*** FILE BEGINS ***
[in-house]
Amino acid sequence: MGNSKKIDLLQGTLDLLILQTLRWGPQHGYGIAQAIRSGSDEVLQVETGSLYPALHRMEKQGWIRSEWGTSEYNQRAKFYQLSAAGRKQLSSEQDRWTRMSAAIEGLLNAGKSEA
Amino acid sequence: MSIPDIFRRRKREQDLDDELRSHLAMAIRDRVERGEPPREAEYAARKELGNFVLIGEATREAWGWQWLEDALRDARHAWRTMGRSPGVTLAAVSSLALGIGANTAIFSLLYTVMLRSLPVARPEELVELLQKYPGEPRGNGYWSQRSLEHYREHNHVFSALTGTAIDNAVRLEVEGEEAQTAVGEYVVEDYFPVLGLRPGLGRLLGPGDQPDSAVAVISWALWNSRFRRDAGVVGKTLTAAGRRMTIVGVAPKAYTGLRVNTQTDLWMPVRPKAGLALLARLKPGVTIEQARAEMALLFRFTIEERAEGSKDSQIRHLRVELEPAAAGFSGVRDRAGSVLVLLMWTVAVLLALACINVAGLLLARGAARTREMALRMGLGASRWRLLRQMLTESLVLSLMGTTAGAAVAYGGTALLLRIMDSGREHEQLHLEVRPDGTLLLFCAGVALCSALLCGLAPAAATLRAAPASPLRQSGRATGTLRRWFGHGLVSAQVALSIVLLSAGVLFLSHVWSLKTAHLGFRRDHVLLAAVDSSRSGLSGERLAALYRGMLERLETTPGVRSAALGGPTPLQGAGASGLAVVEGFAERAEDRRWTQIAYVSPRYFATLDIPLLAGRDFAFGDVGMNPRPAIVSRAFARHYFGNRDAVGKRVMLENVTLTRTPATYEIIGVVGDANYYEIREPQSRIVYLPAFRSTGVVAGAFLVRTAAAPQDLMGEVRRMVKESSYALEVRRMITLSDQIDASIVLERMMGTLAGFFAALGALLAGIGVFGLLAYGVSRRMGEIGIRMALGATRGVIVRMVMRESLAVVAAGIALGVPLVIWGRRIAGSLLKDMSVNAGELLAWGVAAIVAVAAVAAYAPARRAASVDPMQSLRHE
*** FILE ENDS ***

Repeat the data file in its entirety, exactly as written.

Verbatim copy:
[in-house]
Amino acid sequence: MGNSKKIDLLQGTLDLLILQTLRWGPQHGYGIAQAIRSGSDEVLQVETGSLYPALHRMEKQGWIRSEWGTSEYNQRAKFYQLSAAGRKQLSSEQDRWTRMSAAIEGLLNAGKSEA
Amino acid sequence: MSIPDIFRRRKREQDLDDELRSHLAMAIRDRVERGEPPREAEYAARKELGNFVLIGEATREAWGWQWLEDALRDARHAWRTMGRSPGVTLAAVSSLALGIGANTAIFSLLYTVMLRSLPVARPEELVELLQKYPGEPRGNGYWSQRSLEHYREHNHVFSALTGTAIDNAVRLEVEGEEAQTAVGEYVVEDYFPVLGLRPGLGRLLGPGDQPDSAVAVISWALWNSRFRRDAGVVGKTLTAAGRRMTIVGVAPKAYTGLRVNTQTDLWMPVRPKAGLALLARLKPGVTIEQARAEMALLFRFTIEERAEGSKDSQIRHLRVELEPAAAGFSGVRDRAGSVLVLLMWTVAVLLALACINVAGLLLARGAARTREMALRMGLGASRWRLLRQMLTESLVLSLMGTTAGAAVAYGGTALLLRIMDSGREHEQLHLEVRPDGTLLLFCAGVALCSALLCGLAPAAATLRAAPASPLRQSGRATGTLRRWFGHGLVSAQVALSIVLLSAGVLFLSHVWSLKTAHLGFRRDHVLLAAVDSSRSGLSGERLAALYRGMLERLETTPGVRSAALGGPTPLQGAGASGLAVVEGFAERAEDRRWTQIAYVSPRYFATLDIPLLAGRDFAFGDVGMNPRPAIVSRAFARHYFGNRDAVGKRVMLENVTLTRTPATYEIIGVVGDANYYEIREPQSRIVYLPAFRSTGVVAGAFLVRTAAAPQDLMGEVRRMVKESSYALEVRRMITLSDQIDASIVLERMMGTLAGFFAALGALLAGIGVFGLLAYGVSRRMGEIGIRMALGATRGVIVRMVMRESLAVVAAGIALGVPLVIWGRRIAGSLLKDMSVNAGELLAWGVAAIVAVAAVAAYAPARRAASVDPMQSLRHE